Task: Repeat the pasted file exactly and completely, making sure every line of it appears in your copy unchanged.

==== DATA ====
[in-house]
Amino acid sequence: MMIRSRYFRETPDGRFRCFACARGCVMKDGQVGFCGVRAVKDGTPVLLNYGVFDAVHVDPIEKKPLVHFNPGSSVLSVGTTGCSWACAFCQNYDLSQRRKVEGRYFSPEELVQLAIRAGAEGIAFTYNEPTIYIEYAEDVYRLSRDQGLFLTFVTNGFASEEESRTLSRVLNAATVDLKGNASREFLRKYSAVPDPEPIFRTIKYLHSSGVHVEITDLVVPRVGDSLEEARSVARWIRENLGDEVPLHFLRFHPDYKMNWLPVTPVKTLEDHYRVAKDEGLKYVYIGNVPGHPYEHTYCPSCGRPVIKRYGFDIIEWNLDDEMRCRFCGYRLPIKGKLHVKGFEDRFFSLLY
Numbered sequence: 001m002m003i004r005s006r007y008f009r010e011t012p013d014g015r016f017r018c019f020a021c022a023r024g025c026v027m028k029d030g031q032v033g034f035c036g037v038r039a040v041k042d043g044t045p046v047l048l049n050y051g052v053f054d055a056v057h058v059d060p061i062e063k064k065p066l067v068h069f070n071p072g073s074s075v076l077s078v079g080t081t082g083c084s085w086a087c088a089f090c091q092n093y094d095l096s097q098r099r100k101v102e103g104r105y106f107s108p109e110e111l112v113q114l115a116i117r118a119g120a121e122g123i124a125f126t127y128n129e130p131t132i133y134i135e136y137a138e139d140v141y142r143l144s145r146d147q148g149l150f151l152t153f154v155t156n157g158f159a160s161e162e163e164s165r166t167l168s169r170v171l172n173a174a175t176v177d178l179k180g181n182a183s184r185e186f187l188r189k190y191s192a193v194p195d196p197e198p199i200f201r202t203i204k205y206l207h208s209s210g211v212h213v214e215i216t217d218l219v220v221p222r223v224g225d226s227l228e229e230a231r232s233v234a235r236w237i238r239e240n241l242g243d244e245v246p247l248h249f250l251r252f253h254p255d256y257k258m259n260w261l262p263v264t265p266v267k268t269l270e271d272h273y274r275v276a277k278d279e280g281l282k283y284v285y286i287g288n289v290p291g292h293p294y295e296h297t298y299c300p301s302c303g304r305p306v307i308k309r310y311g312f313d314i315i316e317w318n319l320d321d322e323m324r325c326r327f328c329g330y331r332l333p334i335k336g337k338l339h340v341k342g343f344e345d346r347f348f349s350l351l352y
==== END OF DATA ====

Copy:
[in-house]
Amino acid sequence: MMIRSRYFRETPDGRFRCFACARGCVMKDGQVGFCGVRAVKDGTPVLLNYGVFDAVHVDPIEKKPLVHFNPGSSVLSVGTTGCSWACAFCQNYDLSQRRKVEGRYFSPEELVQLAIRAGAEGIAFTYNEPTIYIEYAEDVYRLSRDQGLFLTFVTNGFASEEESRTLSRVLNAATVDLKGNASREFLRKYSAVPDPEPIFRTIKYLHSSGVHVEITDLVVPRVGDSLEEARSVARWIRENLGDEVPLHFLRFHPDYKMNWLPVTPVKTLEDHYRVAKDEGLKYVYIGNVPGHPYEHTYCPSCGRPVIKRYGFDIIEWNLDDEMRCRFCGYRLPIKGKLHVKGFEDRFFSLLY
Numbered sequence: 001m002m003i004r005s006r007y008f009r010e011t012p013d014g015r016f017r018c019f020a021c022a023r024g025c026v027m028k029d030g031q032v033g034f035c036g037v038r039a040v041k042d043g044t045p046v047l048l049n050y051g052v053f054d055a056v057h058v059d060p061i062e063k064k065p066l067v068h069f070n071p072g073s074s075v076l077s078v079g080t081t082g083c084s085w086a087c088a089f090c091q092n093y094d095l096s097q098r099r100k101v102e103g104r105y106f107s108p109e110e111l112v113q114l115a116i117r118a119g120a121e122g123i124a125f126t127y128n129e130p131t132i133y134i135e136y137a138e139d140v141y142r143l144s145r146d147q148g149l150f151l152t153f154v155t156n157g158f159a160s161e162e163e164s165r166t167l168s169r170v171l172n173a174a175t176v177d178l179k180g181n182a183s184r185e186f187l188r189k190y191s192a193v194p195d196p197e198p199i200f201r202t203i204k205y206l207h208s209s210g211v212h213v214e215i216t217d218l219v220v221p222r223v224g225d226s227l228e229e230a231r232s233v234a235r236w237i238r239e240n241l242g243d244e245v246p247l248h249f250l251r252f253h254p255d256y257k258m259n260w261l262p263v264t265p266v267k268t269l270e271d272h273y274r275v276a277k278d279e280g281l282k283y284v285y286i287g288n289v290p291g292h293p294y295e296h297t298y299c300p301s302c303g304r305p306v307i308k309r310y311g312f313d314i315i316e317w318n319l320d321d322e323m324r325c326r327f328c329g330y331r332l333p334i335k336g337k338l339h340v341k342g343f344e345d346r347f348f349s350l351l352y